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How the Global Payments Data Breach Affects Banks

With yet another high-profile attack against a third party, banks are reminded that security vigilance extends well past their own walls. By Bryan Yurcan April 04, 2012 URL:

With the recent news that Atlanta-based credit card processing company Global Payments Inc. suffered a massive data breach, fraud and security concerns are back in the headlines -- never a good thing for financial institutions.

Initial reports said that 10 million MasterCard and Visa accounts could have been affected in the breach. However, this week Global Payments said the "unauthorized access to its processing system," which occurred in early March, affected no more than 1.5 million card accounts. The company said it believes that the affected portion of its processing system is confined to North America and that only Track 2 card data -- which includes account numbers -- was compromised, but that cardholder names, addresses and social security numbers were not obtained by the fraudsters.

While this particular data breach was not directed at a bank itself, experts say there are many lessons banks can learn from this and similar attacks.

One thing banks have been forced to become increasingly aware of in recent years is cyber attacks against third-party entities that aren't financial institutions but store account data, says Ben Knieff, senior director, head of fraud product management for New York-based NICE Actimize. Data attacks such as the recent Global Payments one, or last year's data breach of Sony PlayStation's online network, "is certainly not something confined to the traditional financial services ecosystem," he notes.

Knieff notes that there are increasingly less attacks directly perpetrated against financial institutions, with fraudsters instead targeting these third parties that are perceived to less-stringent security measures.

"Financial institutions tend to have extremely robust network intrusion security," Knieff notes.

Though fraudsters have been targeting third-party vendors with increasing alacrity, Knieff notes that banks have made a concerted effort to work with vendor partners to stem attacks. "Financial institutions have gotten very good at extending their controls and protections to vendors and auditing them," he says.

However, the problem is that "in the U.S. in particular, the chain of payments is substantially more complex and there are more parties involved," Knieff notes. Though initiatives like PCI compliance help somewhat, it is not a cure-all.

And though financial institutions and their partners have become more sophisticated in repelling attacks, criminals have in turn become more sophisticated in perpetrating them, says Mike Urban, director of financial crime solutions at Fiserv.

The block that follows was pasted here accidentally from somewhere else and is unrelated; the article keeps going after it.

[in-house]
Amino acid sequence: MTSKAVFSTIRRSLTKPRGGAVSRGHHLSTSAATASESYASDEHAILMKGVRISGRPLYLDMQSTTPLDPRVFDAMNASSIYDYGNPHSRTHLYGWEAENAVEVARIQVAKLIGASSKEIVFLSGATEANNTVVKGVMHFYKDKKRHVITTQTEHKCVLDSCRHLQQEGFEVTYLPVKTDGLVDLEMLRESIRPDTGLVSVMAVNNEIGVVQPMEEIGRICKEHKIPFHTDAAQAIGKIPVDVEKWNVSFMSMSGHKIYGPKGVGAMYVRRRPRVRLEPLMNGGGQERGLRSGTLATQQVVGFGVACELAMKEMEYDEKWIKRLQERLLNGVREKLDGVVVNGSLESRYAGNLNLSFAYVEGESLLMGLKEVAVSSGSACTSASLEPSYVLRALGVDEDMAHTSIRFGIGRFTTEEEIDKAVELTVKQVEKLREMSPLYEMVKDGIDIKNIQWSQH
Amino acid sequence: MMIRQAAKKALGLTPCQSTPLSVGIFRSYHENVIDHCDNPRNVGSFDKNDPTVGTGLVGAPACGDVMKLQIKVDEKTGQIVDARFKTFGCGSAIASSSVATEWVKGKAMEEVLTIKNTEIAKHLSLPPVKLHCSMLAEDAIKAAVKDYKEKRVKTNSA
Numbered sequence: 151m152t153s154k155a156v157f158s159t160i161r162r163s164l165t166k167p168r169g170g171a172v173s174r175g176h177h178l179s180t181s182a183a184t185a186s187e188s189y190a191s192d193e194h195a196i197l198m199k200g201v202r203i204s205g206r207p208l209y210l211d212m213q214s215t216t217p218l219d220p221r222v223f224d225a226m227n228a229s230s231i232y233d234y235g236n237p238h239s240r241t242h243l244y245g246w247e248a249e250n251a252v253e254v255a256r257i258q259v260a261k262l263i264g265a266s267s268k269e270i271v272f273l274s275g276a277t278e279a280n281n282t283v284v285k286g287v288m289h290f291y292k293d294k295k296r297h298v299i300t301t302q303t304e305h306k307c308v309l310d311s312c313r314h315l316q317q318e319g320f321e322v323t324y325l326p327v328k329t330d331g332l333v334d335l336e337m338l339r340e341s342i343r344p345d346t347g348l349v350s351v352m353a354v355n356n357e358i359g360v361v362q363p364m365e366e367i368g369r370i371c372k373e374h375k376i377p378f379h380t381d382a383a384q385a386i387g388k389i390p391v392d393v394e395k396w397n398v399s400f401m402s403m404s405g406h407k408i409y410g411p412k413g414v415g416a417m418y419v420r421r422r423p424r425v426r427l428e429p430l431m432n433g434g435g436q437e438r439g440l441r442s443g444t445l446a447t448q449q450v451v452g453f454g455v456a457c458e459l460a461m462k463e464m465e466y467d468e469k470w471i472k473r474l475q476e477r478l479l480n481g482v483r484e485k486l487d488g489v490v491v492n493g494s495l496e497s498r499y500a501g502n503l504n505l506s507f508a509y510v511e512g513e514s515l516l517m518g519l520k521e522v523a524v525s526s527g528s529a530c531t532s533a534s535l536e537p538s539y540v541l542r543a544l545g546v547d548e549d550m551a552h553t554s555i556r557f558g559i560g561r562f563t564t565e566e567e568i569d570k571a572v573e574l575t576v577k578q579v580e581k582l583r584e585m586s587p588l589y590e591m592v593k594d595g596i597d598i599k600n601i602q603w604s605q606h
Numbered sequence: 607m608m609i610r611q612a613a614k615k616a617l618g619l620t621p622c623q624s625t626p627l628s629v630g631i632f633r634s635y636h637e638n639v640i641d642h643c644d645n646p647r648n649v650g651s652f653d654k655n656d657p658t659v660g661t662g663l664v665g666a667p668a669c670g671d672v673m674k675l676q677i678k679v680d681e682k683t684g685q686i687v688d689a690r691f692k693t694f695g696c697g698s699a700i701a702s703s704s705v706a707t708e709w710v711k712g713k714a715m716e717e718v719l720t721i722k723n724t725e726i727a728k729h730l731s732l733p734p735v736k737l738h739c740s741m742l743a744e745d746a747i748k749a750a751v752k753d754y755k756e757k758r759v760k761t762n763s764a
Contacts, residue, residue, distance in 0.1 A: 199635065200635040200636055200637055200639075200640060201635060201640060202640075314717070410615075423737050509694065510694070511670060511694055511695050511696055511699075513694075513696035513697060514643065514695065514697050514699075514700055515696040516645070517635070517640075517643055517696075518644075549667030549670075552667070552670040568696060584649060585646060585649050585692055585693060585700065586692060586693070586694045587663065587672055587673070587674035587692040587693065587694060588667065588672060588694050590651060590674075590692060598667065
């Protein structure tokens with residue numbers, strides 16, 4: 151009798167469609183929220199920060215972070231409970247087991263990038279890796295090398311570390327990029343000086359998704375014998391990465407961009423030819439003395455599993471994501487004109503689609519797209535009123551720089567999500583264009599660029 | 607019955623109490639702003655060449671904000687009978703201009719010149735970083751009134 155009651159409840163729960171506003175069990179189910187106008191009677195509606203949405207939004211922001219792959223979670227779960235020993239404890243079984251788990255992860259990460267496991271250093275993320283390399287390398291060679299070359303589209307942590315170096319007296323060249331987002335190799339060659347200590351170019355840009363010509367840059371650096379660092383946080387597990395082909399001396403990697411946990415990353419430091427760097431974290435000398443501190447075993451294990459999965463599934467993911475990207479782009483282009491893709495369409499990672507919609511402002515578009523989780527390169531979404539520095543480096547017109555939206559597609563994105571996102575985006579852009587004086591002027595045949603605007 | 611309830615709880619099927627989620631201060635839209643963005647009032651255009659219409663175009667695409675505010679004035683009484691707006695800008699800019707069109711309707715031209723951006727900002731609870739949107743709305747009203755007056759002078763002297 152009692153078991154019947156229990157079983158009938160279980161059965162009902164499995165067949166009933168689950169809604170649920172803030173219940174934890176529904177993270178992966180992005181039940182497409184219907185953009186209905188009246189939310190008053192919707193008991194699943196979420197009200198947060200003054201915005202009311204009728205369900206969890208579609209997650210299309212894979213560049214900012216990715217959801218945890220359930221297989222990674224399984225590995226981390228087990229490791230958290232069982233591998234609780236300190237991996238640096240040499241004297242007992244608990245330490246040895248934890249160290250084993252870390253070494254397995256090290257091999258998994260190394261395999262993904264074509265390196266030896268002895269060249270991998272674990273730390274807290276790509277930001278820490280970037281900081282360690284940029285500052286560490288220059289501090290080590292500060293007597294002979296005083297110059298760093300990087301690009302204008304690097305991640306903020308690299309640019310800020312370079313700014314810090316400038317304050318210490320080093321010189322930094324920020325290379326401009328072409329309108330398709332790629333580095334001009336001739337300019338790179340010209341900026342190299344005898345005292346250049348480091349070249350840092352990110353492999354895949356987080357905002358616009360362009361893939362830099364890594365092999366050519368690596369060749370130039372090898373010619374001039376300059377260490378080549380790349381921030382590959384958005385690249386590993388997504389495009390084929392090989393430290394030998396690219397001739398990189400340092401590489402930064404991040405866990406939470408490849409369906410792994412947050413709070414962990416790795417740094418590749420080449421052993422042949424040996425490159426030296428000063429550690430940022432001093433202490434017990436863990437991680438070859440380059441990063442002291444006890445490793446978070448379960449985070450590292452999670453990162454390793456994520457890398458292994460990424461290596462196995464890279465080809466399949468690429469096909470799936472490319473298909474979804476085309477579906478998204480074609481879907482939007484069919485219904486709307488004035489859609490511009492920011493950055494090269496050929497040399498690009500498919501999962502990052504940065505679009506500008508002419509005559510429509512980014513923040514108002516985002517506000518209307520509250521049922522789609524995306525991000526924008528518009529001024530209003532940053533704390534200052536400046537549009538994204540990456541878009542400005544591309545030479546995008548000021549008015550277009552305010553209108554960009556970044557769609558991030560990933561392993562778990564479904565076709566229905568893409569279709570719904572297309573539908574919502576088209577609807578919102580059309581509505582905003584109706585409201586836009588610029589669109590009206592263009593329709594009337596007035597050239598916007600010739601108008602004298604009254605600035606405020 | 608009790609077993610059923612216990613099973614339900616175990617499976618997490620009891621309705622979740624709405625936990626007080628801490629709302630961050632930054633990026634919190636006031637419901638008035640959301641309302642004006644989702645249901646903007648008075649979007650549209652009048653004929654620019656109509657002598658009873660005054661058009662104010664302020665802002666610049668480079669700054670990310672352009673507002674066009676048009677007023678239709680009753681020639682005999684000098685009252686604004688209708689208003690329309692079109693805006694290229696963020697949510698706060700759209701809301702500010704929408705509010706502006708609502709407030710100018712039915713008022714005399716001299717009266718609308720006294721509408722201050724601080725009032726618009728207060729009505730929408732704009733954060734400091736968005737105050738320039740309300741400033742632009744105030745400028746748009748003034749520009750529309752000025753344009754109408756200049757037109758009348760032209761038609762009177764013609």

"The level of cybercrime going on is very high," he says. "All of these organizations are getting hit by attacks constantly and most are repelled. But every day there are automated attacks criminals have going out just pinging to see where a weakness is or if a defense mechanism has adjusted or changed."

Another problem banks face in fighting fraud is attacks against merchants, Urban notes. Unlike the vendors banks work with, merchants, especially small business, may be easier to hack. For this reason, most financial institutions deploy "around-the-clock" monitoring for potential point of sale fraud and are often successful using tactics such as employing data analytics to identify transaction risk based on a person's past purchasing behavior.

But banks can only do so much, says Urban. "They have people constantly monitoring and identifying any kind of breach so they can take action on those accounts as quickly as possible," he says. "But it's sort of like trying to find a needle in a haystack."

EMV the Key?

Both Urban and Knieff agree that point-of-sale fraud and cases where criminals make counterfeit cards from stolen information could be nearly eliminated when or if the U.S. adopts EMV-based cards and terminals. EMV, the global standard for credit and debit card payments named after its original developers -- Europay, MasterCard and Visa -- features cards with embedded microprocessor chips that store and protect encrypted account user data.

Knieff says that after the U.K. adopted EMV cards there was an "incredibly dramatic reduction" in POS fraud there. "EMV is inherently more secure," he adds.

Both Visa and MasterCard had announced separate roadmaps to institute EMV fully in the U.S. by 2015. Knieff admits the cost to not only card issuers but merchants who have to replace their old terminals may be a hindrance to adoption, but in the long run he believes business will be better off.

"It depends on who you talk to, but some people say the ROI from a common good perspective could be 12 to 18 months or as high as 5 to 8 years," he says. "But even on the high side, 5-8 years is really not all that bad considering we'd be making a massive change to our payments infrastructure."